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The Lost Tomb
Thinking back, and it did require some delving into my memory bank of past-playing gaming, my first encounter with Hidden Object titles was the Amazing Adventures series developed by SpinTop Gaming and released on the PopCap label. This series of titles took you to different locations where you needed to find hidden objects and play a number of puzzle type games.
I was reminded of the series when I came across a boxed copy of Amazing Adventures: The Lost Tomb. While still retaining the PopCap logo, the packaging also featured the Pocus Essentials as the product offered the opportunity to find and unlock the Lost Tomb of Egypt. Following the same pattern of activities as those that appeared in the other games in the series, this title features 20 missions based around 22 Egyptian locations such as the Sphinx, Great Pyramid of Giza and the River Nile.
Before venturing into this amazing adventure, you can lay down some initial ground work. Profiles can be created to record the progress of individual players. Adjustments can be made to the volume levels for background music and sound effects. You can also opt to play the game in full screen mode; use hardware acceleration; and play in either relaxed mode with no time limit for each mission or challenge yourself to beat a set time limit.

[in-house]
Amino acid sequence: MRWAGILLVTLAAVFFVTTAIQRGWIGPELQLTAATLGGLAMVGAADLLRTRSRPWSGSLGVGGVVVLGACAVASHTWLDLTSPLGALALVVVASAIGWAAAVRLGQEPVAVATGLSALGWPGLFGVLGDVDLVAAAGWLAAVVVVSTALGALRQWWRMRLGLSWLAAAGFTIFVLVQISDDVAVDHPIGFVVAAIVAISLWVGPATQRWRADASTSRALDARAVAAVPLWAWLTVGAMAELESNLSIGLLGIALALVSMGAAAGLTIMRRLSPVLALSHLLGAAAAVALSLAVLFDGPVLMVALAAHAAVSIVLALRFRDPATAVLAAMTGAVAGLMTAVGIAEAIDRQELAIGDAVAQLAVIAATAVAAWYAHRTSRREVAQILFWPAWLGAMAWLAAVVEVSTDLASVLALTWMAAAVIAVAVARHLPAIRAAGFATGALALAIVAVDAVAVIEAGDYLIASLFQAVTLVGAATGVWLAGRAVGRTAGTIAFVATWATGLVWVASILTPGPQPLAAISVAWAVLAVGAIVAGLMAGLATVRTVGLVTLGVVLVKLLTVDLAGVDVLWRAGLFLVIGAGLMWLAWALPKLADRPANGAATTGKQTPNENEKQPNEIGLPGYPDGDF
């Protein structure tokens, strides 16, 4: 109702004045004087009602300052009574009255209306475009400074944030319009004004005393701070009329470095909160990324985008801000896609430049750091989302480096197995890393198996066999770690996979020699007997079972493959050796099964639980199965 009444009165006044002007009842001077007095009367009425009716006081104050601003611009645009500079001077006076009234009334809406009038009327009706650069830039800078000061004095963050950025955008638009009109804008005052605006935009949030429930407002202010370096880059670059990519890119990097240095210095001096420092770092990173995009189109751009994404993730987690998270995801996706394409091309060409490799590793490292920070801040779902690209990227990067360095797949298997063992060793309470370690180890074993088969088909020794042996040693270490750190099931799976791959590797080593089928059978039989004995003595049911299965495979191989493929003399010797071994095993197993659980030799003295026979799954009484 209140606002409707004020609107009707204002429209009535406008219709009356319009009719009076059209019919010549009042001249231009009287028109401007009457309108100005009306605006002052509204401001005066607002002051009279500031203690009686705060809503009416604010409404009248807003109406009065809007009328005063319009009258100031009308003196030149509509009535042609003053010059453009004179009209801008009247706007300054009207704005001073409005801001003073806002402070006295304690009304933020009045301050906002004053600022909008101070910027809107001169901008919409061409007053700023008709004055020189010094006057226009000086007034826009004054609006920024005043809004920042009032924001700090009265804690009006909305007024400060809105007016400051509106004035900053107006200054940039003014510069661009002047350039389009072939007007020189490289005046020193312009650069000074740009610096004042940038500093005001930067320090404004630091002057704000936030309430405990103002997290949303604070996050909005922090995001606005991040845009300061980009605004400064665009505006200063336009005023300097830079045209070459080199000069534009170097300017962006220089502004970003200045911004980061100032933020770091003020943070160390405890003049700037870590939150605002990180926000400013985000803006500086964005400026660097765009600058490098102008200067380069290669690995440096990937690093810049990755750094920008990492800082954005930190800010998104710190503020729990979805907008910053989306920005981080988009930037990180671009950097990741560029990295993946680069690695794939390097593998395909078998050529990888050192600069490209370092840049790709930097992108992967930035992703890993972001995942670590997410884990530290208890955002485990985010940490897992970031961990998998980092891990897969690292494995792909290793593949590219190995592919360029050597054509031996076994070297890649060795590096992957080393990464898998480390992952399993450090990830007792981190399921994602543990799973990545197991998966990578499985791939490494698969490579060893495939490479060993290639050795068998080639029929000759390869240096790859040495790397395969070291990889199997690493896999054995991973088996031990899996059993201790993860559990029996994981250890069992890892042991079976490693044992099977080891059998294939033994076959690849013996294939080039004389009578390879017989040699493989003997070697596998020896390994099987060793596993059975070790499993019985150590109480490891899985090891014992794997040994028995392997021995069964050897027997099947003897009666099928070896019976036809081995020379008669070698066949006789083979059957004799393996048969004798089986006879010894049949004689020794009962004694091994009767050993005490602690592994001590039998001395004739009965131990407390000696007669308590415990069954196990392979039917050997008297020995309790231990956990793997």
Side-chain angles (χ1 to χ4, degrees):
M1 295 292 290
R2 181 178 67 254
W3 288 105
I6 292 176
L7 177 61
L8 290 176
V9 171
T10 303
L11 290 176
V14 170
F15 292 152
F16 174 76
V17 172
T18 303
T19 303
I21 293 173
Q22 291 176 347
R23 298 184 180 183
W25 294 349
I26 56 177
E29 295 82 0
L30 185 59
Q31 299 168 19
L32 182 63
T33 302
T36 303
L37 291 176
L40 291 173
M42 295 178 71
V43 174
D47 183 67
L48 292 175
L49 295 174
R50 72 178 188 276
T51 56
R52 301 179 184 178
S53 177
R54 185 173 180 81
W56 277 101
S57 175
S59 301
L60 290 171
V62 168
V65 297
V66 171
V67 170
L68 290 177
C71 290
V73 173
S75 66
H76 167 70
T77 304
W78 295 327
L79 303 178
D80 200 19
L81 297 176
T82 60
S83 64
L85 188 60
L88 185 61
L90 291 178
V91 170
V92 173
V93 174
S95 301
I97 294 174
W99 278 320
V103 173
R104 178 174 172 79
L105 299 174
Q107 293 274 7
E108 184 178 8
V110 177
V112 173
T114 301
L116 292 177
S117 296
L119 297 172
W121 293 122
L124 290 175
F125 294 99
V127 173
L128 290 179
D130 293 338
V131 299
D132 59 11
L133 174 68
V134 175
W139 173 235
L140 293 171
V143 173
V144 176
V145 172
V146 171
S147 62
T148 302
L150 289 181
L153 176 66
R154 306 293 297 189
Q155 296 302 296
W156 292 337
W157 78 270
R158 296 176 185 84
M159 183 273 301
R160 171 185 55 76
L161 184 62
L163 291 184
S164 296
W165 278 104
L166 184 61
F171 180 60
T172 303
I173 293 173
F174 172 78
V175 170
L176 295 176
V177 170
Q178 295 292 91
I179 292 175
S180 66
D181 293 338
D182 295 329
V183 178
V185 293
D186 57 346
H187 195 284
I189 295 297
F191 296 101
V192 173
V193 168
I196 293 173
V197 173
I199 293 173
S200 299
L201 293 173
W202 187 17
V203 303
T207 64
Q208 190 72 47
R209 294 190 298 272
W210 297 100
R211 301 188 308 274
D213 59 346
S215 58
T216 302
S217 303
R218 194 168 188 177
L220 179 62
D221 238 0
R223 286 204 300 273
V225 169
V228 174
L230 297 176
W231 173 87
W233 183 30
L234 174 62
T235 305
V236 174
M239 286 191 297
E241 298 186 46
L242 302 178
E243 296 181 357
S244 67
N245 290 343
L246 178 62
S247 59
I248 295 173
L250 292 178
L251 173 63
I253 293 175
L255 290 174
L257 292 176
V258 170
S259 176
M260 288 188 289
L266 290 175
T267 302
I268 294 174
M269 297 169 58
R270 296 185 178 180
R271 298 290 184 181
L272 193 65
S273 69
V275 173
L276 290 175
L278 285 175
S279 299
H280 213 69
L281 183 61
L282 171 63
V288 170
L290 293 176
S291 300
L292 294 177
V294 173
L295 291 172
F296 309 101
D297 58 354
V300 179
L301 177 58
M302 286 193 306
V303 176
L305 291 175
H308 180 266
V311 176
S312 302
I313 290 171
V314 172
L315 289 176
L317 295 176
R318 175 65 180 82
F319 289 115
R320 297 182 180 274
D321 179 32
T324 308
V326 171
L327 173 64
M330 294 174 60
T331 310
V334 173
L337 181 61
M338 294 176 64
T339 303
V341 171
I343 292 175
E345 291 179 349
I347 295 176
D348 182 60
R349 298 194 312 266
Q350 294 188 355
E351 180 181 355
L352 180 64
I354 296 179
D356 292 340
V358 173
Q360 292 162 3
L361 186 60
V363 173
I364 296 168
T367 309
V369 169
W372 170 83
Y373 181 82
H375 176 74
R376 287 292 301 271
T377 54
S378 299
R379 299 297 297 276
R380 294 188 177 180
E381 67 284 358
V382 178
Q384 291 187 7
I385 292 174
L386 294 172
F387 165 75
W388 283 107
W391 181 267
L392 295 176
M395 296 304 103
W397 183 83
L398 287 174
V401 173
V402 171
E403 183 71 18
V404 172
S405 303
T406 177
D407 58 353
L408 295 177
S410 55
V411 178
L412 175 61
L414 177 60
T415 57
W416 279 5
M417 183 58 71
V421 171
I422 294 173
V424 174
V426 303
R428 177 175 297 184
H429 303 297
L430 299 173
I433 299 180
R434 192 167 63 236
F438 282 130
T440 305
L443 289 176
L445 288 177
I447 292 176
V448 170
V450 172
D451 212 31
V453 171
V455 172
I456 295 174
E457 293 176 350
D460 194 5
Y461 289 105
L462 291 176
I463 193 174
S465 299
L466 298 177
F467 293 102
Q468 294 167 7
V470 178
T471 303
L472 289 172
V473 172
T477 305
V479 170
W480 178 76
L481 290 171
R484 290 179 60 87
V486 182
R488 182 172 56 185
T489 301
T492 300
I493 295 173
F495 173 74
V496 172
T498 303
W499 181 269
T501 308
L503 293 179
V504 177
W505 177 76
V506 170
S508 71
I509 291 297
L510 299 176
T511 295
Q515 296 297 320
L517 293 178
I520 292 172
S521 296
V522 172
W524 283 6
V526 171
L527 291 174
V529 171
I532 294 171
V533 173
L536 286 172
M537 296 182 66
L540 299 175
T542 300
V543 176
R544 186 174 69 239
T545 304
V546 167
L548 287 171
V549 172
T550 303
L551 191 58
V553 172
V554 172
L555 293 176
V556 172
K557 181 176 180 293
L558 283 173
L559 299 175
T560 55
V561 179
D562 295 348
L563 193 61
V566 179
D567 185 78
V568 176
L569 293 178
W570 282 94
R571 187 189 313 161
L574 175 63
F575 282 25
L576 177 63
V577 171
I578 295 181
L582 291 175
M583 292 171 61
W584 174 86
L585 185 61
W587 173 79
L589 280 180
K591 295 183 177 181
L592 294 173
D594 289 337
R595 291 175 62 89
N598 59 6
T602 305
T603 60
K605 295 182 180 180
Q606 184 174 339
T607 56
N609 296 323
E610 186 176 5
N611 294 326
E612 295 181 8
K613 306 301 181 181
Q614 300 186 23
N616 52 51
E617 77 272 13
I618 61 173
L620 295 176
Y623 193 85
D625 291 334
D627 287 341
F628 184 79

Each mission covers a number of locations, some of which are visited a number of times. where you need to find various objects listed in text format. While most of the items will be identified by name, some are listed in the form of a clue. For example "a ship's brake" would have you searching for an "anchor". When a location is visited more than once, the list of objects to find will be different although the scene will remain the same.
While searching through the various scenes containing the 2000+ items in this game, you also have to be on the look out for scarabs. By collecting 21 of these Egyptian mementos, you will unlock an unlimited Seek & Find game where you have to find every object in a particular scene. A running total of the number of scarabs collected is displayed on the screen.
At the successful conclusion of each Hidden Object session, you will need to tackle a specified puzzle. According to the product's packaging there are meant to be seven kinds of mini-game puzzles but I felt this figure was slightly inaccurate. It was based on counting the different types of pelmanism game play as three types rather than one using the same card layout as you matched pairs of images, those with the same colour or were connected in some way.
Jigsaws are also used as puzzles as you need to put together images made up of 5 x 5 pieces. Other puzzles involve spotting the differences between two similar scenes plus recreating a scene by swapping tiles.
As mentioned, once you have collected 21 scarabs, you get to access to the Unlimited Seek & Find game. Each location can be visited in turn as you try to find all the different items concealed there. You will need to find items when they appeared in a text list.
Amazing Adventures: The Lost Tomb is a good example of Hidden Object game play of a decade ago. The scenes are well-drawn with a mixture of ancient and modern items to find. System specifications call for a 350MHz processor with 128MB of RAM and 50MB of hard disk space running Windows 2000 and later. Amazon has this product listed at 1p but then adds a charge of £2.80 for delivery. I have also seen the game listed free of charge on a couple of web sites but I have not checked them out.
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